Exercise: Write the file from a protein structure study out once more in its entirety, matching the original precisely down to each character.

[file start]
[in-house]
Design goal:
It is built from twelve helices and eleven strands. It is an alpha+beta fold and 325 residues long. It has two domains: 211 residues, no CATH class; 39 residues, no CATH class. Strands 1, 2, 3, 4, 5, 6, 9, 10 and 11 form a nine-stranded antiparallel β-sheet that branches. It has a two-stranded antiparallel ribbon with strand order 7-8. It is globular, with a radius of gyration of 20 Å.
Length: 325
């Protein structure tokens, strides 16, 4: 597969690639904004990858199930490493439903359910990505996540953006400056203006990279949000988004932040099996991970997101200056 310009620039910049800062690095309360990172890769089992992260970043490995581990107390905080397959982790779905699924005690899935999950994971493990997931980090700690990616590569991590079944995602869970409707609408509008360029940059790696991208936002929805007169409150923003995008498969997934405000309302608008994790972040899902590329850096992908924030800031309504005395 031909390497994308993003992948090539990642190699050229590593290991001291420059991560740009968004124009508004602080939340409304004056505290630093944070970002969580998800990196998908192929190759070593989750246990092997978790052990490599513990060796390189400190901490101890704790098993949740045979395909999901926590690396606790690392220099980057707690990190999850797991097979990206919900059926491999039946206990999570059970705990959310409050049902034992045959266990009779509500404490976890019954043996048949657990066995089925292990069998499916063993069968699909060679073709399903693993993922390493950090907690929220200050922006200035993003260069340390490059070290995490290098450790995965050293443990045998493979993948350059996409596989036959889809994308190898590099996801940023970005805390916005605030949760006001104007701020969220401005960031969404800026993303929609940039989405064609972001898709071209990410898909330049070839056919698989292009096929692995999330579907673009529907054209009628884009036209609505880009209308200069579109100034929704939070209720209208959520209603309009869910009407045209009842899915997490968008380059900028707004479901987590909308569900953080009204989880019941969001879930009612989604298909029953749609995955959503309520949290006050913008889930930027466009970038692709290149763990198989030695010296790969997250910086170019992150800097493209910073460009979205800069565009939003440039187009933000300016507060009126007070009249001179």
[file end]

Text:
[in-house]
Design goal:
It is built from twelve helices and eleven strands. It is an alpha+beta fold and 325 residues long. It has two domains: 211 residues, no CATH class; 39 residues, no CATH class. Strands 1, 2, 3, 4, 5, 6, 9, 10 and 11 form a nine-stranded antiparallel β-sheet that branches. It has a two-stranded antiparallel ribbon with strand order 7-8. It is globular, with a radius of gyration of 20 Å.
Length: 325
């Protein structure tokens, strides 16, 4: 597969690639904004990858199930490493439903359910990505996540953006400056203006990279949000988004932040099996991970997101200056 310009620039910049800062690095309360990172890769089992992260970043490995581990107390905080397959982790779905699924005690899935999950994971493990997931980090700690990616590569991590079944995602869970409707609408509008360029940059790696991208936002929805007169409150923003995008498969997934405000309302608008994790972040899902590329850096992908924030800031309504005395 031909390497994308993003992948090539990642190699050229590593290991001291420059991560740009968004124009508004602080939340409304004056505290630093944070970002969580998800990196998908192929190759070593989750246990092997978790052990490599513990060796390189400190901490101890704790098993949740045979395909999901926590690396606790690392220099980057707690990190999850797991097979990206919900059926491999039946206990999570059970705990959310409050049902034992045959266990009779509500404490976890019954043996048949657990066995089925292990069998499916063993069968699909060679073709399903693993993922390493950090907690929220200050922006200035993003260069340390490059070290995490290098450790995965050293443990045998493979993948350059996409596989036959889809994308190898590099996801940023970005805390916005605030949760006001104007701020969220401005960031969404800026993303929609940039989405064609972001898709071209990410898909330049070839056919698989292009096929692995999330579907673009529907054209009628884009036209609505880009209308200069579109100034929704939070209720209208959520209603309009869910009407045209009842899915997490968008380059900028707004479901987590909308569900953080009204989880019941969001879930009612989604298909029953749609995955959503309520949290006050913008889930930027466009970038692709290149763990198989030695010296790969997250910086170019992150800097493209910073460009979205800069565009939003440039187009933000300016507060009126007070009249001179």